Understanding Why People Will or Won't Buy Electric Cars

nstitute for Carbon and Energy Reduction in Transport researchers are challenging assumptions on why people buy hybrids and electric cars.

Published: 04-May-2012

When it comes to reducing energy in vehicle transportation you can’t put all your eggs in one basket. Policy assumptions that began to see electric vehicles and hybrids as a silver bullet solution to the decarbonisation of transport are being challenged by early research findings from Martino Tran and colleagues at the Institute for Carbon and Energy Reduction in Transport. They have shown that when you factor in consumer behaviour and the performance of different technologies, you do not get the highly optimistic uptake rates for electric and hybrid vehicles that a lot of policy documents had predicted.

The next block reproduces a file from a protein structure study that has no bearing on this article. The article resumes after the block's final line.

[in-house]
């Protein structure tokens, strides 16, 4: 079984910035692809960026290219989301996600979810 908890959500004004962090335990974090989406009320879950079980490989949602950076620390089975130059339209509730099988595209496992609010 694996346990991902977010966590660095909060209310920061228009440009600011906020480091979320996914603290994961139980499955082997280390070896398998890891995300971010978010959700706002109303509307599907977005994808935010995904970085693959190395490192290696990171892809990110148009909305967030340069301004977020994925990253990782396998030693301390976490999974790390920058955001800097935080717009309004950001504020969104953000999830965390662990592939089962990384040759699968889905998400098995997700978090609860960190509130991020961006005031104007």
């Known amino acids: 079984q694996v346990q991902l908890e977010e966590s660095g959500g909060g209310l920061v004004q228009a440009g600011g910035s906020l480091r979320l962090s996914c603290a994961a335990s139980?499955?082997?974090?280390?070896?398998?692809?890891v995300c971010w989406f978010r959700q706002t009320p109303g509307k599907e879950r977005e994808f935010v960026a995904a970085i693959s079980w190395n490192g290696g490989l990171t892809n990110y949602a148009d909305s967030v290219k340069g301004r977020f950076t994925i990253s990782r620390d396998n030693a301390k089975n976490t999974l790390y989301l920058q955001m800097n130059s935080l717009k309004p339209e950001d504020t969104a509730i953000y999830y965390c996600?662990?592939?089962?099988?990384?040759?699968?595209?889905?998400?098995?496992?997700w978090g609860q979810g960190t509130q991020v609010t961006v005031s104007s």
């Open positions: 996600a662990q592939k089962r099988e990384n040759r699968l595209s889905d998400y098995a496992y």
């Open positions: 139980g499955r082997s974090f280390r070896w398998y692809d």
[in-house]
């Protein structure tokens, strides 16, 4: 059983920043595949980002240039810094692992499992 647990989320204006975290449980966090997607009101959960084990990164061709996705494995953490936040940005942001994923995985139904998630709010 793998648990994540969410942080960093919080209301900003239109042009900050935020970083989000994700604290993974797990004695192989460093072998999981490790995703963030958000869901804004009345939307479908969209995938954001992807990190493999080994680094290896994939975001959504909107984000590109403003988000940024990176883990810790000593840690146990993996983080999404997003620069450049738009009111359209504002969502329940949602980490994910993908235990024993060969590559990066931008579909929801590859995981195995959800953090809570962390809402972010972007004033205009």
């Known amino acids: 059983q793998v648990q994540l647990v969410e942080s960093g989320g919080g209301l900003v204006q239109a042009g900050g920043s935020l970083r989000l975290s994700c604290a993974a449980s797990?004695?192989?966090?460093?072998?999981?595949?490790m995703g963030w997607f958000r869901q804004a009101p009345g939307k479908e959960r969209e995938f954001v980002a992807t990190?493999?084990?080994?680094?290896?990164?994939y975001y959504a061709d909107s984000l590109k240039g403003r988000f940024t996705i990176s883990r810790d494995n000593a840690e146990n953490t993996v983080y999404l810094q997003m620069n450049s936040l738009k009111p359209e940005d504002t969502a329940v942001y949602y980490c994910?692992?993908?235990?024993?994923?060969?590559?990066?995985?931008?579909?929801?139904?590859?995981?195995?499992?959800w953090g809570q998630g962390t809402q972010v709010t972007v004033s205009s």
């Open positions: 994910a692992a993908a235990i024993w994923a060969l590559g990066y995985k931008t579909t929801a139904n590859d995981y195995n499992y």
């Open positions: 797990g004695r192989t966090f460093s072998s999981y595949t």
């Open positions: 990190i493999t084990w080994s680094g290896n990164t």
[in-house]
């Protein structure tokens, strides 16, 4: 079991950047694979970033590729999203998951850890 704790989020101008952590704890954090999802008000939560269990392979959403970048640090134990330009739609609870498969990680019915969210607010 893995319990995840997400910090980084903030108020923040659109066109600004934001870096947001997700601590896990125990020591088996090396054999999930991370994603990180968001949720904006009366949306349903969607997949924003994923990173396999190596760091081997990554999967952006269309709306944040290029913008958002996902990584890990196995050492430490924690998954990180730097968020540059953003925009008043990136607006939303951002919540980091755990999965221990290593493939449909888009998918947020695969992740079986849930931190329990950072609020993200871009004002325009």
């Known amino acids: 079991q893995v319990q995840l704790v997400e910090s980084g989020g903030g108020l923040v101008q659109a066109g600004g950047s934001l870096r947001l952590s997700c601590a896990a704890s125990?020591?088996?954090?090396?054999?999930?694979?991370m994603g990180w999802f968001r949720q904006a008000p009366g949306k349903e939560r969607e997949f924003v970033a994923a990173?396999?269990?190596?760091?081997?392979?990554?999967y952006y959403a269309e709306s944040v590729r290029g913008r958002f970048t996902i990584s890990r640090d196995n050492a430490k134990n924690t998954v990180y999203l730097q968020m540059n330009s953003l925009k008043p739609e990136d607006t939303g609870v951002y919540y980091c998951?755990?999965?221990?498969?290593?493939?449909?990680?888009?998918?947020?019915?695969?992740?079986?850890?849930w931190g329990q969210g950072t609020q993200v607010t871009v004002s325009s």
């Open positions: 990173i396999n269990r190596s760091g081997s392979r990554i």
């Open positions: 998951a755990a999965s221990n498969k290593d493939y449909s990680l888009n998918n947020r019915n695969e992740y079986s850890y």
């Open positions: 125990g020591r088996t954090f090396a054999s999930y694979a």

The transport sector is currently 99% dependent on the use of fossil fuels and takes up roughly a quarter of the total share of carbon emissions in the economy. With statistics like these it is no surprise that transport has been flagged by policy makers as an important sector to decarbonise.

Tran’s research is looking at innovative, integrated ways of achieving this decarbonisation; so, not only looking at the technologies involved, but also analysing consumer preferences and behavioural influences. In other words, can more informed understanding of how people adopt and interact with new transport technologies lead to greater carbon reductions in the transport sector?


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